Are there any performance differences between using an explicit create table statement and loading data versus selecting into. This example just shows 2 columns, but the question is geared towards using very large tables. The example below also uses temporary tables, though I'm wondering the effects upon using regular tables as well. I think they would be the same regardless of table type though.
Temp table scenario:
--- Explicitly creating temp table first and then loading. create table #test1 (id int, name varchar(100)) insert into #test1 (id, name) select id, name from #bigTable --- Creating temp table by selecting into. select id,name into #test2 from #bigTable
or regular tables:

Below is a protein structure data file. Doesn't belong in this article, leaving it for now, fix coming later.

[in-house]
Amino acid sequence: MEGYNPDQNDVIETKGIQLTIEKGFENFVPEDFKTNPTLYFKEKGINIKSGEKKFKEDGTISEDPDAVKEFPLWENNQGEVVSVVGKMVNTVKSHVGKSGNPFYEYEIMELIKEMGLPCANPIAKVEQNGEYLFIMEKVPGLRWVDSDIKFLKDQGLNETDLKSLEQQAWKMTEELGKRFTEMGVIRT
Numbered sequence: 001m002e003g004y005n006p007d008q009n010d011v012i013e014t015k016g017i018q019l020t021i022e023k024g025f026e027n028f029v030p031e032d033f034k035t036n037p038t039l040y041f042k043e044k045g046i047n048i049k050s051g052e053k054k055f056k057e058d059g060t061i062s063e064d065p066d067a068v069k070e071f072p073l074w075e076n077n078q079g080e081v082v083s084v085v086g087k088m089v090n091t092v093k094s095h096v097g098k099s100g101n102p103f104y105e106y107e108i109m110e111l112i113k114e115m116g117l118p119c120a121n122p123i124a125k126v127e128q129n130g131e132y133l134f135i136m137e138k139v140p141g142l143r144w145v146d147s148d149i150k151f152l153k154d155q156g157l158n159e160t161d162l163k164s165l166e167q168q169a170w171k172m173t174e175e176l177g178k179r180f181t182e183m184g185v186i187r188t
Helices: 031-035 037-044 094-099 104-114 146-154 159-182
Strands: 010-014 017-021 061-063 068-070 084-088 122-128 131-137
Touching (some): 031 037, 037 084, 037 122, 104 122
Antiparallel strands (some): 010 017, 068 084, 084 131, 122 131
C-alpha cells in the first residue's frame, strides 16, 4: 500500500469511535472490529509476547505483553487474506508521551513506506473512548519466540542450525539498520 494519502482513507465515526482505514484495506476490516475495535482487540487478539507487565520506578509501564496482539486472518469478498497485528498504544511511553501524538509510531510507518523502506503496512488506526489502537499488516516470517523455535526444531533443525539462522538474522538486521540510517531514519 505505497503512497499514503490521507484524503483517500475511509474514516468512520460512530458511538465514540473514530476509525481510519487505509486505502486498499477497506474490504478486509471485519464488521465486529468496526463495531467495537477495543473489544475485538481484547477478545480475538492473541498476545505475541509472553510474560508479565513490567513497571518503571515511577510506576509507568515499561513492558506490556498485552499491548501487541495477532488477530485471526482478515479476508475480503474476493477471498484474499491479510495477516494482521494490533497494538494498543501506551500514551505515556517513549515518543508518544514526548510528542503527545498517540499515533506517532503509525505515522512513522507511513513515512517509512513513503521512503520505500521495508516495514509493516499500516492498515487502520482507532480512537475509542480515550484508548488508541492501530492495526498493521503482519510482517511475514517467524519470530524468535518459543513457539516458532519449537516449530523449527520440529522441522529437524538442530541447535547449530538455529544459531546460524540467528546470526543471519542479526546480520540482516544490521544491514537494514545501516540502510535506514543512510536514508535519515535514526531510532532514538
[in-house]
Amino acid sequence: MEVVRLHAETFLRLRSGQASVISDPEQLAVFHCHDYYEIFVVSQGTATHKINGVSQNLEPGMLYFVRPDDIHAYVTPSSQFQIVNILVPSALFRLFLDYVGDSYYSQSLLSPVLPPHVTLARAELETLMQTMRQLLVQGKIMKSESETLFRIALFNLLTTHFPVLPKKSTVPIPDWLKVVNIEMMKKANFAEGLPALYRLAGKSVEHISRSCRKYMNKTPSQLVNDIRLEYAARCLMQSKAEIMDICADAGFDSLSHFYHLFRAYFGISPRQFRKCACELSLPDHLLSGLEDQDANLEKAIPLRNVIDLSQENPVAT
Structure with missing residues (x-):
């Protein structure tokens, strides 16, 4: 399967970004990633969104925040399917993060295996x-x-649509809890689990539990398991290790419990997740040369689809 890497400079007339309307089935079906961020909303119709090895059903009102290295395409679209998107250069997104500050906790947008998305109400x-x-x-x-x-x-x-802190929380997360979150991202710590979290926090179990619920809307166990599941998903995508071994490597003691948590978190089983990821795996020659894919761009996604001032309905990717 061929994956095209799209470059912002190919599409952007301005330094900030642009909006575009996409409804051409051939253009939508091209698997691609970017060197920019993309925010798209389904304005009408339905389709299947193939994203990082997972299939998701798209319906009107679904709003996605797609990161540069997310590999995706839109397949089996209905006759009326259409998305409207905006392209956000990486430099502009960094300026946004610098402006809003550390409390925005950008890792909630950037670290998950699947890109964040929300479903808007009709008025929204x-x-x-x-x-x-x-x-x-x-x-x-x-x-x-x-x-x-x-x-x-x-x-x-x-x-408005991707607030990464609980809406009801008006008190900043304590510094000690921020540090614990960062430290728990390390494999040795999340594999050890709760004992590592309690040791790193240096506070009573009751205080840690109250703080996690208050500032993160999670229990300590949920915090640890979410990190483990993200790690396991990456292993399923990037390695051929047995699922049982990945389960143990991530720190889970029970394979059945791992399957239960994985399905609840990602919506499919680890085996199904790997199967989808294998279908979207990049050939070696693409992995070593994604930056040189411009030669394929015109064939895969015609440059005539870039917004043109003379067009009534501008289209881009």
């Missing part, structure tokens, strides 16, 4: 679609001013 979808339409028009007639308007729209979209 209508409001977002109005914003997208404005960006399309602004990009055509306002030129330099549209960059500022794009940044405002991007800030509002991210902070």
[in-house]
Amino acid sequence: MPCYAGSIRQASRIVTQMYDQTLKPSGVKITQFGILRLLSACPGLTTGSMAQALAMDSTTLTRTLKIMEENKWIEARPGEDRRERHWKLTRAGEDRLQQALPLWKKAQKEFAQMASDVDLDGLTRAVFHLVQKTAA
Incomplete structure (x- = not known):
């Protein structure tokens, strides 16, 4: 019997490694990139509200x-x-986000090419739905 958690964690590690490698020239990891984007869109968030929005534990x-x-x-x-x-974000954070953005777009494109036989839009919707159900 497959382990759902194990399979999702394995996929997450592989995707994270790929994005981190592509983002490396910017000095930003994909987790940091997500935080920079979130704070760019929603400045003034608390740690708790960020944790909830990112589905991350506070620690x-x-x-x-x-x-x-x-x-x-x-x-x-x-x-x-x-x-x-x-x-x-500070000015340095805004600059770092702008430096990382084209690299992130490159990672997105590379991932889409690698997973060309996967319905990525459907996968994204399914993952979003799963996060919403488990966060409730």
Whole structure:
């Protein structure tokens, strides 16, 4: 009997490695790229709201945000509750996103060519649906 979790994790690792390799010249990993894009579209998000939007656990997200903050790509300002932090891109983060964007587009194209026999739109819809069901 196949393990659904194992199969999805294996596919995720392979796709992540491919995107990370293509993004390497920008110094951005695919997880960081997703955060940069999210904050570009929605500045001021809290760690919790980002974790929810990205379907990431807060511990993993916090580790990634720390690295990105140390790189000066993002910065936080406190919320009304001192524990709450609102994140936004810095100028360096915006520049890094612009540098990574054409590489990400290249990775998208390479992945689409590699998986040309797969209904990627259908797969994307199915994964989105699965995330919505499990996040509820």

--- Explicitly creating table first and then loading. create table test1 (id int, name varchar(100)) insert into test1 (id, name) select id, name from #bigTable --- Creating table by selecting into. select id,name into test2 from bigTable
What are everyone's thoughts on this? I think that explicitly creating the table and loading must have better performance than selecting into as select into must evaluate the expressions within the statement in order to create a table.
Our organization usually creates temp tables explicitly as a standard practice, and we're wondering what everything thinks is actually the best practice.